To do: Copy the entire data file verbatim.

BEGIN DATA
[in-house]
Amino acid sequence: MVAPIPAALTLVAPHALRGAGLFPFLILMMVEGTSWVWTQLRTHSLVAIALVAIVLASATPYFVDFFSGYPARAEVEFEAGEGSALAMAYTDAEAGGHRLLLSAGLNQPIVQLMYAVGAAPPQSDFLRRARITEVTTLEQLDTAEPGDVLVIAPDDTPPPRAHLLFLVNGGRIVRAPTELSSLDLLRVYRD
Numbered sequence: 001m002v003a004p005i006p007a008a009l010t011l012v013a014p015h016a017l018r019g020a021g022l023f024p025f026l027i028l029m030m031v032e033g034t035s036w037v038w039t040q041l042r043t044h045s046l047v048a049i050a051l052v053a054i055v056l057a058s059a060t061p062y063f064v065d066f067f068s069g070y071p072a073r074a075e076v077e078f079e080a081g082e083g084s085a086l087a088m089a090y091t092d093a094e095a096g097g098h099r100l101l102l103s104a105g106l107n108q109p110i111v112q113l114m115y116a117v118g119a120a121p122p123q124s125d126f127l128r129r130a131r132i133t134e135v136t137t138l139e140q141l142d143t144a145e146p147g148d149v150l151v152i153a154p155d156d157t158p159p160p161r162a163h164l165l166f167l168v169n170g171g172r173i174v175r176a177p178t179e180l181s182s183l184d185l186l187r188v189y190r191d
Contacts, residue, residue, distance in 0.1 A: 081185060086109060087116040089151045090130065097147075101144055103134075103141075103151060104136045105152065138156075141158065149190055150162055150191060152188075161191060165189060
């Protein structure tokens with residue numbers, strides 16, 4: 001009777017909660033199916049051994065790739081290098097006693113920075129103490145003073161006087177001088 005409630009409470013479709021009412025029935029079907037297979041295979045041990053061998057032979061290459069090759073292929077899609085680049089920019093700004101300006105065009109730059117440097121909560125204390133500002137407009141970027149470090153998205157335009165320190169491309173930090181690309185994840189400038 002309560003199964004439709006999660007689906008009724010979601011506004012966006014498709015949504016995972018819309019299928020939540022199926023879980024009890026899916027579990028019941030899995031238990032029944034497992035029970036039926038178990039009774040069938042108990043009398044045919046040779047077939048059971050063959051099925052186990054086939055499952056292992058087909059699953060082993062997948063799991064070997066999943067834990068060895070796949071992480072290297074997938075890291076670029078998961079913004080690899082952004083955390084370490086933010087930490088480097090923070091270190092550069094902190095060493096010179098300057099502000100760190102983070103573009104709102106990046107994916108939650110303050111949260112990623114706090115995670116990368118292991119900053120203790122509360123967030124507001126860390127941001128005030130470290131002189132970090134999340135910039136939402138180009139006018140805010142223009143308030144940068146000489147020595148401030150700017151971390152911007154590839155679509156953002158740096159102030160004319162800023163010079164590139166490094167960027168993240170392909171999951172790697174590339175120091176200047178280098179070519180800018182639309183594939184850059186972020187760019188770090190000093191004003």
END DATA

[in-house]
Amino acid sequence: MVAPIPAALTLVAPHALRGAGLFPFLILMMVEGTSWVWTQLRTHSLVAIALVAIVLASATPYFVDFFSGYPARAEVEFEAGEGSALAMAYTDAEAGGHRLLLSAGLNQPIVQLMYAVGAAPPQSDFLRRARITEVTTLEQLDTAEPGDVLVIAPDDTPPPRAHLLFLVNGGRIVRAPTELSSLDLLRVYRD
Numbered sequence: 001m002v003a004p005i006p007a008a009l010t011l012v013a014p015h016a017l018r019g020a021g022l023f024p025f026l027i028l029m030m031v032e033g034t035s036w037v038w039t040q041l042r043t044h045s046l047v048a049i050a051l052v053a054i055v056l057a058s059a060t061p062y063f064v065d066f067f068s069g070y071p072a073r074a075e076v077e078f079e080a081g082e083g084s085a086l087a088m089a090y091t092d093a094e095a096g097g098h099r100l101l102l103s104a105g106l107n108q109p110i111v112q113l114m115y116a117v118g119a120a121p122p123q124s125d126f127l128r129r130a131r132i133t134e135v136t137t138l139e140q141l142d143t144a145e146p147g148d149v150l151v152i153a154p155d156d157t158p159p160p161r162a163h164l165l166f167l168v169n170g171g172r173i174v175r176a177p178t179e180l181s182s183l184d185l186l187r188v189y190r191d
Contacts, residue, residue, distance in 0.1 A: 081185060086109060087116040089151045090130065097147075101144055103134075103141075103151060104136045105152065138156075141158065149190055150162055150191060152188075161191060165189060
């Protein structure tokens with residue numbers, strides 16, 4: 001009777017909660033199916049051994065790739081290098097006693113920075129103490145003073161006087177001088 005409630009409470013479709021009412025029935029079907037297979041295979045041990053061998057032979061290459069090759073292929077899609085680049089920019093700004101300006105065009109730059117440097121909560125204390133500002137407009141970027149470090153998205157335009165320190169491309173930090181690309185994840189400038 002309560003199964004439709006999660007689906008009724010979601011506004012966006014498709015949504016995972018819309019299928020939540022199926023879980024009890026899916027579990028019941030899995031238990032029944034497992035029970036039926038178990039009774040069938042108990043009398044045919046040779047077939048059971050063959051099925052186990054086939055499952056292992058087909059699953060082993062997948063799991064070997066999943067834990068060895070796949071992480072290297074997938075890291076670029078998961079913004080690899082952004083955390084370490086933010087930490088480097090923070091270190092550069094902190095060493096010179098300057099502000100760190102983070103573009104709102106990046107994916108939650110303050111949260112990623114706090115995670116990368118292991119900053120203790122509360123967030124507001126860390127941001128005030130470290131002189132970090134999340135910039136939402138180009139006018140805010142223009143308030144940068146000489147020595148401030150700017151971390152911007154590839155679509156953002158740096159102030160004319162800023163010079164590139166490094167960027168993240170392909171999951172790697174590339175120091176200047178280098179070519180800018182639309183594939184850059186972020187760019188770090190000093191004003």